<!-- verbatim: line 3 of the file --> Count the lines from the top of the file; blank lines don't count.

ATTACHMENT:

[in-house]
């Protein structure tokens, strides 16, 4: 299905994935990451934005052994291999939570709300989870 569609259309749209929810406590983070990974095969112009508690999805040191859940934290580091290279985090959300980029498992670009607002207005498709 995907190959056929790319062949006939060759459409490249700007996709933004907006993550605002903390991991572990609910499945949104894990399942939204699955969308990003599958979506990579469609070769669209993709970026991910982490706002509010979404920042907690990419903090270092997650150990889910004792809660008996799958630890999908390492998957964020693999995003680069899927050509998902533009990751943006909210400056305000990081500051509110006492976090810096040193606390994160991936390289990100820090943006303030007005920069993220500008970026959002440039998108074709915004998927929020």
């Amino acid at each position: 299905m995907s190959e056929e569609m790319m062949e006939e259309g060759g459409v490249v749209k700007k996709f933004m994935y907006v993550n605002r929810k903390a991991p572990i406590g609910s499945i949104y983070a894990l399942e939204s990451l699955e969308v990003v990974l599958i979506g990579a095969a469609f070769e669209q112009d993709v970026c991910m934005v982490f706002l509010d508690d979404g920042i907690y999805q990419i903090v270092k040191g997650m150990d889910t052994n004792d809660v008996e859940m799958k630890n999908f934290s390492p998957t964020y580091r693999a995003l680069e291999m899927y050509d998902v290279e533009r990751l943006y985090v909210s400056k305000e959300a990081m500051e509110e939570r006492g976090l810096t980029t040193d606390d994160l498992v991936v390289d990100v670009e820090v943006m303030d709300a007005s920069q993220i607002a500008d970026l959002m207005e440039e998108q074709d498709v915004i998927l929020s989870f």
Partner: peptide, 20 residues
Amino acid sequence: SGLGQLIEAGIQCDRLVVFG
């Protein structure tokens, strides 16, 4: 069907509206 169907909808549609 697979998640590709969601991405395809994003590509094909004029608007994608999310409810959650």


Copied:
């Amino acid at each position: 299905m995907s190959e056929e569609m790319m062949e006939e259309g060759g459409v490249v749209k700007k996709f933004m994935y907006v993550n605002r929810k903390a991991p572990i406590g609910s499945i949104y983070a894990l399942e939204s990451l699955e969308v990003v990974l599958i979506g990579a095969a469609f070769e669209q112009d993709v970026c991910m934005v982490f706002l509010d508690d979404g920042i907690y999805q990419i903090v270092k040191g997650m150990d889910t052994n004792d809660v008996e859940m799958k630890n999908f934290s390492p998957t964020y580091r693999a995003l680069e291999m899927y050509d998902v290279e533009r990751l943006y985090v909210s400056k305000e959300a990081m500051e509110e939570r006492g976090l810096t980029t040193d606390d994160l498992v991936v390289d990100v670009e820090v943006m303030d709300a007005s920069q993220i607002a500008d970026l959002m207005e440039e998108q074709d498709v915004i998927l929020s989870f």